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Sunday, October 17, 2021

Going Through The Motions by :Ria Purohit

 Going Through The Motions

Ria Purohit 

11th Grade 


Good morning.

Wake up. Brush teeth. Take a shower. Wear clothes. 

Pack bag. Eat breakfast. Put on shoes. 

Get in the car. Go to school. Walk.

Walk and climb the stairs to class. 

Catch breath. Wait. 

Wait some more. So many voices. Loud.
Ear piercing reminder of the school day starting. 


Work. Work some more. You’re not done working. 

Walk and climb. Walking and climbing. 

Laughter and conversations fueling the need to get through the day. 

Excitement. Gut-busting laughter. Beautiful, singing laughter.

Still constant ear piercing sounds. Still not done working. 


Walk. Walk faster! You’re gonna be late! 

Yes! Made the bus. Sit down. 

Then wait. 

Wait. 

Wait.

Be patient and wait. 

You have your music, so just be patient and wait. 

Rumbles of the engine and voices joining together. Loud.

And we’re on the move. 


Got home. Unpack. Relax. What to do? 

Ah yes. Not done working. 

Work. Work some more.Don’t understand,have to work some more. 

Need a break. Do something fun! 

Turned on the phone. Watching characters have fun.


Time for dinner, seemingly endless. 

Dinner’s done!

Rest. Time feels calmer. 

School seems far away. 

Work seems far away. 

Enjoy the entertainment created from the brain.

 Mind movies are always entertaining. 

So much depth! So much emotion! Critically acclaimed! 


Brush teeth. Change clothes. Go to bed. 

Try to sleep. You’re not done worrying. Your movies have a sequel.

Swirling thoughts, knots in stomach, headaches, fear, grades, friends, family. 

Swirling thoughts. Loud.

Good night.


Movie Recommendation: Knives Out by Ria Purohit

 Movie Recommendation: Knives Out 

Ria Purohit

11th Grade


I have fallen out of watching movies in my free time, opting to put on music or watch some random videos on YouTube. But, when I do watch movies, it makes the experience all the more memorable, especially if the movie is entertaining. However there are times where I come across an extremely well-written and well-directed film, making that film etched into my memory and on the top of my list when people ask what my favorite movie is. That film is Knives Out, released in 2019. 

The plot is about the strange death of a crime novelist named Harlan Thrombey, and Detective Benoit Blanc has to connect the dots and figure out what happened. It’s a relatively simple plot, but the writers twist the murder-mystery cliché instead of using the same cookie-cutter script for that kind of movie. Each character is dynamic, and has a certain presence when they’re on screen. The movie is not afraid to use a colorful color palette, instead of the usual muted tones of a murder-mystery movie. Each actor in the movie does an amazing job of bringing their characters to life, that you feel invested in what the characters think of each other, the relationships within the family, and the relationships the family has with others.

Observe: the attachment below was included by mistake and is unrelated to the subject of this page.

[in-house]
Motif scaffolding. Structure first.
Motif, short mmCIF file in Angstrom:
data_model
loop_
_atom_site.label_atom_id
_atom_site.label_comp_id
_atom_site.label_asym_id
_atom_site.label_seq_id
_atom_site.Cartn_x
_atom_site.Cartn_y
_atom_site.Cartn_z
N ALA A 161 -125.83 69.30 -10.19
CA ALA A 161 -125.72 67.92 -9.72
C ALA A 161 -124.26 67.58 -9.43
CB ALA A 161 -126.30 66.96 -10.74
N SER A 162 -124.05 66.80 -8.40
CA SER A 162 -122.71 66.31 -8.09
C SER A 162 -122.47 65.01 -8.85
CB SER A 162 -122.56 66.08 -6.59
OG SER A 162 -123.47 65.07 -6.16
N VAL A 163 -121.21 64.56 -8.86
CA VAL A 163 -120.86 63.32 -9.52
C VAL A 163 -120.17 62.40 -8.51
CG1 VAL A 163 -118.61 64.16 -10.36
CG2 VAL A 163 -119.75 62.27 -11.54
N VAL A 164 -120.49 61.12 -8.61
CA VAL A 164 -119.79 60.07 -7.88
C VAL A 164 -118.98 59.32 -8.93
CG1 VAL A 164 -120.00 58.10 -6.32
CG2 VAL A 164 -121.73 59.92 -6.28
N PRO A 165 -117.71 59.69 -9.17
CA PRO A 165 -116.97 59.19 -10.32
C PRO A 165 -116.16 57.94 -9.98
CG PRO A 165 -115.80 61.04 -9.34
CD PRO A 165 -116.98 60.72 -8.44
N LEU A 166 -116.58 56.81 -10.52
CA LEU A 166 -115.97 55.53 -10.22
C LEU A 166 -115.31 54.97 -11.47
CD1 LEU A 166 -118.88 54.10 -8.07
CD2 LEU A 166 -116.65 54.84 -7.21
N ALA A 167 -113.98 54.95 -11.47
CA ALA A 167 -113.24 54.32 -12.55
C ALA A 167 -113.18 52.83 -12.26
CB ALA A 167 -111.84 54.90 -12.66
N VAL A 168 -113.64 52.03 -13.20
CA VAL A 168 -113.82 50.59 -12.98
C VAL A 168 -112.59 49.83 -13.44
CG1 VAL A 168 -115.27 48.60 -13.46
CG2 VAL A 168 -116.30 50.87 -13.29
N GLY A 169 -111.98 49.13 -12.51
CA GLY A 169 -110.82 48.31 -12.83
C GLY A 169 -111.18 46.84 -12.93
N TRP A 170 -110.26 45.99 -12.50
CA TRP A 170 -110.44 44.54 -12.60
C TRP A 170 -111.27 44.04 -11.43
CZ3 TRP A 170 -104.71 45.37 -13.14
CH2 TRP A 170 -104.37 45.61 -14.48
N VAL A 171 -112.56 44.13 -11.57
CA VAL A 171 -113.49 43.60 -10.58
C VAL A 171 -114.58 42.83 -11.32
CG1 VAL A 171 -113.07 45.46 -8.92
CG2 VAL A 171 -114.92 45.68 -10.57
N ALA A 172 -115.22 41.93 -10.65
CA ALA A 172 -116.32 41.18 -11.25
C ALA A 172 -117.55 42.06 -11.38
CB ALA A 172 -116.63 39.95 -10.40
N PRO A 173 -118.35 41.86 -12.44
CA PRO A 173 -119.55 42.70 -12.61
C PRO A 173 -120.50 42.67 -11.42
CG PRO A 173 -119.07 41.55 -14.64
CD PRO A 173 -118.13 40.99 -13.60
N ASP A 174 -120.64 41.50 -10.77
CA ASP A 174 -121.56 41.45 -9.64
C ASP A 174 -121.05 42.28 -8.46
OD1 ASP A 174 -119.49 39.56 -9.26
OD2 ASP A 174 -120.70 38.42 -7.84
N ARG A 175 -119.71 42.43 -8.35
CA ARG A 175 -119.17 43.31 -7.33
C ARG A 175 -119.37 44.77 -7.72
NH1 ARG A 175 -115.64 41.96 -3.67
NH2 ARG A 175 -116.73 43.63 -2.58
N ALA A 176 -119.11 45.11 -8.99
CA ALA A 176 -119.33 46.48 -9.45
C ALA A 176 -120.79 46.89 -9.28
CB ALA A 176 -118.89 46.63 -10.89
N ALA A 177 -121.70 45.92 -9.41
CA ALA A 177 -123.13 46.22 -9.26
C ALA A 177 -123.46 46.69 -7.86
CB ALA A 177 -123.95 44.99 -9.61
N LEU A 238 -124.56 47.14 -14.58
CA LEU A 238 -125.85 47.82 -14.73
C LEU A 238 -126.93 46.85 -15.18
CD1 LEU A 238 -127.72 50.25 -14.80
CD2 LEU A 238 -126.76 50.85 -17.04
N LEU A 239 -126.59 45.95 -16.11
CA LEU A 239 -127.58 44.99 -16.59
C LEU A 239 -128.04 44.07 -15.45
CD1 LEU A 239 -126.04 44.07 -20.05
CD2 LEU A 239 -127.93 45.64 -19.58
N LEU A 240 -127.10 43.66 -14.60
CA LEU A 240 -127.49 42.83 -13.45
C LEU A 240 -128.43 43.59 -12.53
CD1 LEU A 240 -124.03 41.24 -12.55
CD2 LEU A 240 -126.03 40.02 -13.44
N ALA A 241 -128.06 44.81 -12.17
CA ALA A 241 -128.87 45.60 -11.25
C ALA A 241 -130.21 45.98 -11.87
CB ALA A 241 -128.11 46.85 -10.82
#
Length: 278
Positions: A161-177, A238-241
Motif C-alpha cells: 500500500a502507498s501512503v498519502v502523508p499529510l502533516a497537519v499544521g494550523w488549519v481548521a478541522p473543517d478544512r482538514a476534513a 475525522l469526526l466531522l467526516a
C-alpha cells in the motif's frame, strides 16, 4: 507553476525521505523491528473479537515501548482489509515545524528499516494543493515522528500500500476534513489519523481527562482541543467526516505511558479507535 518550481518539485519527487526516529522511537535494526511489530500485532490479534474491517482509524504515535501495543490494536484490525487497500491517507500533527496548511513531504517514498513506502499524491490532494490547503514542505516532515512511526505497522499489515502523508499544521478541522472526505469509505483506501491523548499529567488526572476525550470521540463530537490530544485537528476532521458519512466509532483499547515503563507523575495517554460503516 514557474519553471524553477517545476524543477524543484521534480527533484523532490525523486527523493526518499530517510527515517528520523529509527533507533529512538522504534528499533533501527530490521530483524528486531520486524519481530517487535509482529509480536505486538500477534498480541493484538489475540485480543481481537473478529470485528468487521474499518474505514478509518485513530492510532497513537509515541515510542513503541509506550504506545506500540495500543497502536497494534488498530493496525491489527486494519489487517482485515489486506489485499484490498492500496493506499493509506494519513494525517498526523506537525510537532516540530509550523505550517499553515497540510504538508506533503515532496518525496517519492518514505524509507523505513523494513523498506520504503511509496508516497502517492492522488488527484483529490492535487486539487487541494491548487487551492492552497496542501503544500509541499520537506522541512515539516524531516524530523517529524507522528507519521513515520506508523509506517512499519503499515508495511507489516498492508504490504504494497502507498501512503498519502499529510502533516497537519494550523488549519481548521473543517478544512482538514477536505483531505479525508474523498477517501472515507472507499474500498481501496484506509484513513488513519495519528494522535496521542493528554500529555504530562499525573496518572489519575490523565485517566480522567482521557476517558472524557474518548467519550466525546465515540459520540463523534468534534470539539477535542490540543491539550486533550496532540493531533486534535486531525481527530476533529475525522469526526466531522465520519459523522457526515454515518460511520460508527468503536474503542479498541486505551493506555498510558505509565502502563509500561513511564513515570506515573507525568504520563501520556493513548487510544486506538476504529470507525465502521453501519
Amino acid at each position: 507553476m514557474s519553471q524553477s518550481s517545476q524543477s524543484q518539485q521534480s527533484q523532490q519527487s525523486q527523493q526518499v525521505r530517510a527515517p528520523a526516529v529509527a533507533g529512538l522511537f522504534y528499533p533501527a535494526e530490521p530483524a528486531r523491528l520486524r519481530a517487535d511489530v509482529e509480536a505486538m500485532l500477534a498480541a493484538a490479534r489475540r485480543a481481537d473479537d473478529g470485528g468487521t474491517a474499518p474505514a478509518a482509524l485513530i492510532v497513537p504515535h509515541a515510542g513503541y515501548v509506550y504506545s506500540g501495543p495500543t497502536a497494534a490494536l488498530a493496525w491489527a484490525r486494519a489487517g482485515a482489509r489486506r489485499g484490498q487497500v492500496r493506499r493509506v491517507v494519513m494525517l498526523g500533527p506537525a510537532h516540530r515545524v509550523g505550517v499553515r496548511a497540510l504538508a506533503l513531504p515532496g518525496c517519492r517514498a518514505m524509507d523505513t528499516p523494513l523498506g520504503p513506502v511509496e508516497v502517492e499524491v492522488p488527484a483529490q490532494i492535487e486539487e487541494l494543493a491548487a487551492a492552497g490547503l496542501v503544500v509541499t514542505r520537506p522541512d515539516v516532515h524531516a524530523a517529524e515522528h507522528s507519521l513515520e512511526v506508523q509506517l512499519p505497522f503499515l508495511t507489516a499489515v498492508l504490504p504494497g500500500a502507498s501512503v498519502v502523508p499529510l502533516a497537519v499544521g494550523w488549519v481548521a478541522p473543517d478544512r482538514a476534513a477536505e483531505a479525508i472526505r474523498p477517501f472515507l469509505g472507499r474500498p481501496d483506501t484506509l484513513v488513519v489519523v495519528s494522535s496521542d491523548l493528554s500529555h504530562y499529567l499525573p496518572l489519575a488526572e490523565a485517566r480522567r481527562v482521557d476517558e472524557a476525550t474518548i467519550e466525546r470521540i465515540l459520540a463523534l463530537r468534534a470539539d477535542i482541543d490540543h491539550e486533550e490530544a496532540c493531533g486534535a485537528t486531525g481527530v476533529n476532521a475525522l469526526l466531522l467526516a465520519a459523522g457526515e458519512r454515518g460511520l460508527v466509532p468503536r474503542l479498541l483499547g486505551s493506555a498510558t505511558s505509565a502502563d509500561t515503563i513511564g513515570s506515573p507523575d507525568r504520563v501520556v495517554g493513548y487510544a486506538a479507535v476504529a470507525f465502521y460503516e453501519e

While I watched the movie I felt more invested than I usually do when watching long movies. Usually I scroll on my phone or zone out due to boredom. But this movie had so many little details and engaging dialogue and story, it was hard to peel my eyes away from the screen. I kept thinking the murderer was this character, and kept second-guessing myself. The characters speak about real-world issues, as one would when having dinner with your family at the table. It brought an element of reality to the film, despite the family being almost fantastically rich. I felt I was there, in the house, trying to combine the puzzle pieces together along with the detective. The creators of the movie did a good job of creating an interesting and unique murder-mystery story, especially since the genre can feel a bit repetitive.

If you have a couple of hours of free time, I would suggest watching Knives Out. Though the length of the movie might seem intimidating, it’s worth watching it all the way through. The themes of family and greed are prominent throughout the film, maybe even relatable to some viewers. If violence or graphic content is a worry for you, there is only a limited amount of scenes that involve anything violent or gross; limited enough to skip a few seconds of those scenes (again, only if you’re really squeamish). I am relatively squeamish, and I did not have a hard time watching the movie. Also, there is some strong language in the movie, suitable for teenagers and up (probably not for the younger ones). With these discretions in mind, I hope you check out the film and enjoy an amazing film! 


The 1918 Pandemic in Philadelphia by: Saanvi Kunisetty

 The 1918 Pandemic in Philadelphia

Saanvi Kunisetty

The epidemic of 1918 first began in Philadelphia in late August. People (including officials) weren’t very concerned by this. Dr. Wilmer Krusen assured the people that there was nothing to worry about. He insisted that “they had nothing to fear so long as influenza cases were strictly isolated.” But, cases began to rise drastically the next day, spreading uncontrollably. Krusen still maintained the stance that it wasn’t a big deal. These people didn’t have knowledge that a common flu could turn into something so deadly.